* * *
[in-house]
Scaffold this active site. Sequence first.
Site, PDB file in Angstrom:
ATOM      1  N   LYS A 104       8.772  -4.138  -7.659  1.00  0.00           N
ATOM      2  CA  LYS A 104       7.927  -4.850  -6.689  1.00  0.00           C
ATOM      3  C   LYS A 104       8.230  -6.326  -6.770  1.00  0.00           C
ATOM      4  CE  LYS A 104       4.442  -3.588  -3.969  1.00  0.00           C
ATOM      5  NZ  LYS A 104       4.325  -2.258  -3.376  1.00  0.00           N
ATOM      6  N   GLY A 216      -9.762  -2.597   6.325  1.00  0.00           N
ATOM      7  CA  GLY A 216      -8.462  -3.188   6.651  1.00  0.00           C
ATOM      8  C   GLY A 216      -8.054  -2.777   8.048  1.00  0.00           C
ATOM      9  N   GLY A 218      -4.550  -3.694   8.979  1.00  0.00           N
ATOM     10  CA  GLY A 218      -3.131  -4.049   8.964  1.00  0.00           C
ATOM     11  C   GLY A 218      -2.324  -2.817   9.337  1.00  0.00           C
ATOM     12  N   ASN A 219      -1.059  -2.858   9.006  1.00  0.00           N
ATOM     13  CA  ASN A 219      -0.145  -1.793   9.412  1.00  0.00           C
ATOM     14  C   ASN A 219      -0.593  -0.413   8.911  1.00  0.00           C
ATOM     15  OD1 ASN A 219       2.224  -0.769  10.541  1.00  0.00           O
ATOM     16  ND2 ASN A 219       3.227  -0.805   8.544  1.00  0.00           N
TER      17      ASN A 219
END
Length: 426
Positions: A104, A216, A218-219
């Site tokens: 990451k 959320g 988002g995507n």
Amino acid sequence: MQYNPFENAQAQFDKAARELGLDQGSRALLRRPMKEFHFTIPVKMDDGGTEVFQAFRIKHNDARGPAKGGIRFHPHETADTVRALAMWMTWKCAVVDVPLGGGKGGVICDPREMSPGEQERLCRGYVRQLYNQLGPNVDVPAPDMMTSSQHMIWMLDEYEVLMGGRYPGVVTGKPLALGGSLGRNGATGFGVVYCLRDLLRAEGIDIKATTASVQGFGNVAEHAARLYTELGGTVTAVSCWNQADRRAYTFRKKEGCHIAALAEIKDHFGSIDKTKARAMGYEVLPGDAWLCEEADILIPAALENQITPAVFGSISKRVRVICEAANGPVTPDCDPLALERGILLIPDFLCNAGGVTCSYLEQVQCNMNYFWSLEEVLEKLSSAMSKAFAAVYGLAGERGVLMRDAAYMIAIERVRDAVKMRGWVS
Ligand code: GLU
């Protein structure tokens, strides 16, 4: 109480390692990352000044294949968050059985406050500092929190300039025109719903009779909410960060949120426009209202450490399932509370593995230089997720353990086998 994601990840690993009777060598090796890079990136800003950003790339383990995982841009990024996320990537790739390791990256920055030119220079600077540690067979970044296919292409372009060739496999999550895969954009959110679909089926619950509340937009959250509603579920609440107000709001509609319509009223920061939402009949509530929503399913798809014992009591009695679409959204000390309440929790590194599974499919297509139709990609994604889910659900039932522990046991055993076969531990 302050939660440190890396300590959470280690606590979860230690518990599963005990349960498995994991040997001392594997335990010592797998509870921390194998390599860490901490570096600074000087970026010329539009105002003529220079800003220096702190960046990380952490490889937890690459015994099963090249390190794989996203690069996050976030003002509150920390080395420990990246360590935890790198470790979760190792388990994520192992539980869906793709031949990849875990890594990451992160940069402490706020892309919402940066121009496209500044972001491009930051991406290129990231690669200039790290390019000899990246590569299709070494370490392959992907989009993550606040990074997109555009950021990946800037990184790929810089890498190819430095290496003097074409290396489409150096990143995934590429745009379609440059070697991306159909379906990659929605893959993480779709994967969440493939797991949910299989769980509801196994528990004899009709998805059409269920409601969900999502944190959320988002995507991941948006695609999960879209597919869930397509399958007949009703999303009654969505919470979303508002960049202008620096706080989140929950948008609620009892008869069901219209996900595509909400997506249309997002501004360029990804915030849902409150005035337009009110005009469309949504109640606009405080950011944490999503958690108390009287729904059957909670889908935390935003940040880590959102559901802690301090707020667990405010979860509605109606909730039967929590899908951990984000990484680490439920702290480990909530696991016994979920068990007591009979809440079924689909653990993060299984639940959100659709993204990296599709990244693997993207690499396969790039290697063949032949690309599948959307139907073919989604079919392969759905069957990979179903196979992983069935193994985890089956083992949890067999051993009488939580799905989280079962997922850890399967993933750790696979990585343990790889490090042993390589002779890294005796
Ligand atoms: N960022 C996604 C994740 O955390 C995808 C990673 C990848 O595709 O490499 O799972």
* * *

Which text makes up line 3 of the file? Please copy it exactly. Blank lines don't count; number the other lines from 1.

Site, PDB file in Angstrom: